As the one-sentence summary of the paper puts it, “The IXPE observation of 4U 0142+61 yields the first-ever
measurement of the polarized emission of a magnetar in X-rays.
The researchers found a much lower proportion of polarized light than it would have if the X-rays had passed through an atmosphere. An atmosphere around the magnetar would act as a filter and allow only one state of light polarization to pass.
The team also found that the agitation, or angle of polarization, tilted exactly 90 degrees for higher energies compared to lower energies. Theoretical models of magnetars indicate that a solid surface surrounded by magnetic fields can produce these observations.
“The most exciting feature we could observe was the change in direction of polarization with energy, with the angle of polarization oscillating by exactly 90 degrees,” said lead author Taverna. “This is in line with what theoretical models predict and confirms that magnetars are indeed endowed with ultra-strong magnetic fields.”
“It was completely unexpected,” said co-lead author Professor Silvia Zane (UCL Mullard Space Science Laboratory) and member of the IXPE science team. “I was convinced that there would be an atmosphere. The star’s gas reached a tipping point and turned solid in the same way that water might turn into ice. This is the result of the star’s incredibly strong magnetic field.
“But, as with water, temperature is also a factor – a hotter gas will require a stronger magnetic field to become solid,” Zane added. “A next step is to observe hotter neutron stars with a similar magnetic field, to study how the interaction between temperature and magnetic field affects the star’s surface properties.”
Quantum theory plays a role in these discoveries. He predicts that when light travels through a strongly magnetized environment, it will be polarized in two directions: parallel to the magnetic field lines and perpendicular to them. By observing both the polarity of light and the amount of light, scientists can understand the structure of the magnetic field itself, which imprints on light, and the physical state of matter in the magnetar region. . According to the study, this is the only way to access this information.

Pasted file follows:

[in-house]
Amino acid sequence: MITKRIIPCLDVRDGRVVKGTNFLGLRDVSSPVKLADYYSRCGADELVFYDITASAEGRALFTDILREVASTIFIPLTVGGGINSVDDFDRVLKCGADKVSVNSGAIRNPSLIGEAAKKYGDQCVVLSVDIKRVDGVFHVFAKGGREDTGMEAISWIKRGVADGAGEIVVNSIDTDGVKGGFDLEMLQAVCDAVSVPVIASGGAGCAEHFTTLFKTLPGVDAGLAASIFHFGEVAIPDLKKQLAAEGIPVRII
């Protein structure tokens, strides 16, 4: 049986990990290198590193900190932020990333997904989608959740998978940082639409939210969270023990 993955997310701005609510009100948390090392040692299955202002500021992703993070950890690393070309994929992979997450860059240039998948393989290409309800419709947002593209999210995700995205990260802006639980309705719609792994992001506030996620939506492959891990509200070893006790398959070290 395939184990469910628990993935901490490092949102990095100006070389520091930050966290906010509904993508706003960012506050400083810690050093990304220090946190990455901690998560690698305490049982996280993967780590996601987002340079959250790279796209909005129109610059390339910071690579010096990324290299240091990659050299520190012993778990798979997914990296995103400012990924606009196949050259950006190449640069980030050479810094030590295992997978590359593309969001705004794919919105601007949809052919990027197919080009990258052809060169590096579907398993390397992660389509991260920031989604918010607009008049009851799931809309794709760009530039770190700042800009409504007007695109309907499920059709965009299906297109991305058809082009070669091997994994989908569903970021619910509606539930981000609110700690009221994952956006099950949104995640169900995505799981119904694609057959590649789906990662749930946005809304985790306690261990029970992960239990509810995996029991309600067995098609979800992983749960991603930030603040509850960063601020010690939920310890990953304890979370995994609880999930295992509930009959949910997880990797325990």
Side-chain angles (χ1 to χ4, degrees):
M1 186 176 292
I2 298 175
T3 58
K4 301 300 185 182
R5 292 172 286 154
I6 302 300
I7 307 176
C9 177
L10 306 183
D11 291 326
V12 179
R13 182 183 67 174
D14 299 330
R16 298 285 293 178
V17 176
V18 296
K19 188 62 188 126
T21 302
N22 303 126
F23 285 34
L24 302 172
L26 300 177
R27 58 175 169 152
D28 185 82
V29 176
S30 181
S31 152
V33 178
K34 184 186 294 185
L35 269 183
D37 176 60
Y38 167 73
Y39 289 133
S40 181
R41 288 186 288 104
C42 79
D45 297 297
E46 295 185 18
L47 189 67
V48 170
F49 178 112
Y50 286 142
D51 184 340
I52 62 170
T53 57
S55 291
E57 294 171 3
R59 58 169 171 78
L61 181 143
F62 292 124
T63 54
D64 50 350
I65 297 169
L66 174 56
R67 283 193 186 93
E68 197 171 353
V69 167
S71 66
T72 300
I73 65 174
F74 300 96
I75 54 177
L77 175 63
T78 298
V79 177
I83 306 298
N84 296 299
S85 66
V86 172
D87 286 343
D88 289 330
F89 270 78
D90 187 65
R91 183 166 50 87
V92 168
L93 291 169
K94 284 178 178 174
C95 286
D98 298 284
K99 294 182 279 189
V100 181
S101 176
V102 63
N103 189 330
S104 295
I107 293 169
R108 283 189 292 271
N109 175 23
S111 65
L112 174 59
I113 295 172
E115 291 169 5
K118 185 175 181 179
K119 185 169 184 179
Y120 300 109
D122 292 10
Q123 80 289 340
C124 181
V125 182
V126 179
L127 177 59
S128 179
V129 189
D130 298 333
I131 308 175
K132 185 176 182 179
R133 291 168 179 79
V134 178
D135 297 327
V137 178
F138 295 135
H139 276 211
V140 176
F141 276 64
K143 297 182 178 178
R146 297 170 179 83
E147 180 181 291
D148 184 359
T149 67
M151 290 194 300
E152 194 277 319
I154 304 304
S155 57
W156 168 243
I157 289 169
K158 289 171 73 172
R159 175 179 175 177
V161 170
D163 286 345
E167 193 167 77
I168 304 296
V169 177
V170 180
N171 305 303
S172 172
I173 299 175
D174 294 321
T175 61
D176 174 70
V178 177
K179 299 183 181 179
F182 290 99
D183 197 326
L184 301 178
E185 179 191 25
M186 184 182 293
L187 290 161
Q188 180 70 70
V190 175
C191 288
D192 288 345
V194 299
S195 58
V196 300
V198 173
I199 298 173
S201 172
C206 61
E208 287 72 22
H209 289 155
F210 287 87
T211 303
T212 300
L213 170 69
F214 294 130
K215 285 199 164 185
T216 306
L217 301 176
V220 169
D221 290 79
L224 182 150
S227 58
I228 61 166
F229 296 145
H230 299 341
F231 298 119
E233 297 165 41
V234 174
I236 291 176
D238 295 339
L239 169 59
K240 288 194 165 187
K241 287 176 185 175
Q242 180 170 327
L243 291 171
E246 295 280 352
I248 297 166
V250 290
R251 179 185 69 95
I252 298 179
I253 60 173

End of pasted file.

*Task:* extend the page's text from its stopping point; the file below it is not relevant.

Professor Roberto Turolla of the University of Padua is another of the co-authors of the article. In a press release, Turolla said: “Low-energy polarization tells us that the magnetic field is likely so strong that it turns the atmosphere around the star into a solid or liquid, a phenomenon known as name of magnetic condensation.”
The theory also predicts that this solid surface is made up of ions held together in a lattice by magnetic fields. Rather than spherical like other atoms, these would be elongated due to the powerful magnetic force.
Scientists are still debating whether magnetars and other neutron stars can even have atmospheres. There’s a ton of mystery surrounding these extreme objects and their puzzling nature. But at least we know of a magnetar that has no atmosphere, or at least where a solid crust is a fitting explanation.
But the explanation requires even more examination, say the authors.
“It should also be noted that including the effects of quantum electrodynamics, as we did in our theoretical modeling, yields results consistent with the IXPE observation,” said co-author Professor Jeremy Heyl from the University of British Columbia. “Nevertheless, we are also investigating alternative models to explain the IXPE data, for which proper numerical simulations are still lacking.”
#observations #confirm #magnetar #solid #surface #atmosphere